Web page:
Washington Nationals: Koda Glover In Closer’s Driver Seat

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Nearly 24, Koda Glover has the inside track on the Washington Nationals closing job. How has he reportedly won the job? What happens next?

The Washington Nationals might have settled on a closer, and the winner is a surprise.

FanRag’s Jon Heyman reported Friday night Koda Glover has the inside track over Blake Treinen and expected closer Shawn Kelley. Heyman reported before Kelley was never an option the Nats seriously considered, backed by his lack of pitching time in Grapefruit League action.

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Both Glover and Treinen have showed the ability to shut down hitters and wow fans. Treinen’s sinker was clocked at 102 last week as he has not allowed a hit or run in four innings.

Yet, Glover is the player given the stringent audition. Coming off a hip labrum injury last year, he has 9.2 innings on the resume so far with 12 strikeouts and pitches that explode with movement. Thursday, however, the New York Mets mostly regulars scored two on him in their win.

Despite that bad outing, the Nationals brass will decide over the weekend how they want to go and are ready to hand the job to someone who has not held it before.

Heyman says what the Nats like most about Glover is his attitude.

Quoting a team representative:

“He doesn’t give a (hoot.)”

You need to have a healthy opinion of yourself to be a closer. The job is to strike out everyone in sight and not give other teams the hope of beating you. It worked for Jonathan Papelbon for years. Goose Gossage turned it into a Hall of Fame career.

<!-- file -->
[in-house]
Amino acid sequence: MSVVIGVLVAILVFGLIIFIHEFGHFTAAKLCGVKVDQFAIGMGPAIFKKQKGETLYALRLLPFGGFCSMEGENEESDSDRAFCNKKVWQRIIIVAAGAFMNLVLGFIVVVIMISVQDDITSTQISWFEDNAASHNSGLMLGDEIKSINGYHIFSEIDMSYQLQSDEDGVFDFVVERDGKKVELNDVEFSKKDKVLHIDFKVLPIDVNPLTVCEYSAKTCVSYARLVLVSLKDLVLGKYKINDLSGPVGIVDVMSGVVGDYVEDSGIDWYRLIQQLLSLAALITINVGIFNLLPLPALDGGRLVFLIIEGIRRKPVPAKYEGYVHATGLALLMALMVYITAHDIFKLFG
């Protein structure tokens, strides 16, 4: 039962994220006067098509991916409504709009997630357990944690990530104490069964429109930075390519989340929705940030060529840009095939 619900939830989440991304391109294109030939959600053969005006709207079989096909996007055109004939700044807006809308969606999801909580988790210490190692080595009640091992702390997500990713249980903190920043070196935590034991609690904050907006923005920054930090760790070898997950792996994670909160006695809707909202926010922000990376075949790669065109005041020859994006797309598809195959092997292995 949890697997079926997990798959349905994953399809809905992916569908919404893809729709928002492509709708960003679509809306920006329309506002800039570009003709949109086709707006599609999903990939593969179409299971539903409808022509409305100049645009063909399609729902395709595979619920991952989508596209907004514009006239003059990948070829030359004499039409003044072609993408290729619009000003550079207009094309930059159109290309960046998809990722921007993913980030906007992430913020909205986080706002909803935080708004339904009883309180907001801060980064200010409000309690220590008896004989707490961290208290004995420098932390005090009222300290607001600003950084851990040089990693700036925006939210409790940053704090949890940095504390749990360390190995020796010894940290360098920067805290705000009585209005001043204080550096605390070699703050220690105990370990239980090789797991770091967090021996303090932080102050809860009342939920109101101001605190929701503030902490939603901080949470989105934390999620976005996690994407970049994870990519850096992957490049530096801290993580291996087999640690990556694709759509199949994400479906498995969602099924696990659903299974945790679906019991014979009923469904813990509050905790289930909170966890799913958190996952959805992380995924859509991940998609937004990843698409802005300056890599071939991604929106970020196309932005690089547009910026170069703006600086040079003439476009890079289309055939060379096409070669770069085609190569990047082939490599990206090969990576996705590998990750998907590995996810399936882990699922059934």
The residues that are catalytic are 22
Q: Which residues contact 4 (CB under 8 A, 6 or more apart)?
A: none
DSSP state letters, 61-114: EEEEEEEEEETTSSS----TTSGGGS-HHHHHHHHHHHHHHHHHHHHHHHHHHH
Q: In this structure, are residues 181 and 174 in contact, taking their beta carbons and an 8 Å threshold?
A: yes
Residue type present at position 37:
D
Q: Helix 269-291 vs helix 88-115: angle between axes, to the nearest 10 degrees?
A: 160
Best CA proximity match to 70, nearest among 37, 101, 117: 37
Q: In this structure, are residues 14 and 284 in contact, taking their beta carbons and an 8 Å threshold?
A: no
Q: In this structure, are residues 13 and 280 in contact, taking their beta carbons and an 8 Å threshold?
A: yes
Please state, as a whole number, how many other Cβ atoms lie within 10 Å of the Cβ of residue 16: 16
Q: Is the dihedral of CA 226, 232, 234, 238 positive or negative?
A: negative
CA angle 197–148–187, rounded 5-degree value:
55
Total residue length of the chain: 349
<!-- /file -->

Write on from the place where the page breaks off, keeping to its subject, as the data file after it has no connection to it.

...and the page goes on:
Any successful pitcher must have the mentality to want to be on the mound. We see it with Max Scherzer who never wants to come out of games. A bulldog attitude—a trance, if you like—separates the great from the good.

With Glover, the Nats are gambling. After an offseason where they failed to land a top notch closer, Washington has to gamble somewhere. Why not Glover?

Kelley was the conventional wisdom pick last February. With eight saves last year—recorded between Papelbon’s departure and the arrival of Mark Melancon—he had the experience and stuff to do the job. Yet, two Tommy John surgeries gave pause on his durability.

Sometimes you need to pitch three nights in a row, and others where you have to go back-to-back. The Nats felt Kelley could not hold up.

With Treinen, his ability to induce ground balls and double plays better suits him now as someone to shut down a rally. If Glover gets the job now, then Treinen will be the backup. His stuff is electric.

Enny Romero has classic closer potential if he can keep his 99-mph fastball in the strike zone. Washington must be giddy after his recent strong performance for the Dominican Republic in the World Baseball Classic.

Glover—pegged as the closer of the future—has impressed the most. Dusty Baker pitched him five straight days. When Glover is on his game, he is unhittable.

Next: Looking At Drew Ward

Something the Nationals, and you, want to see plenty of this summer.

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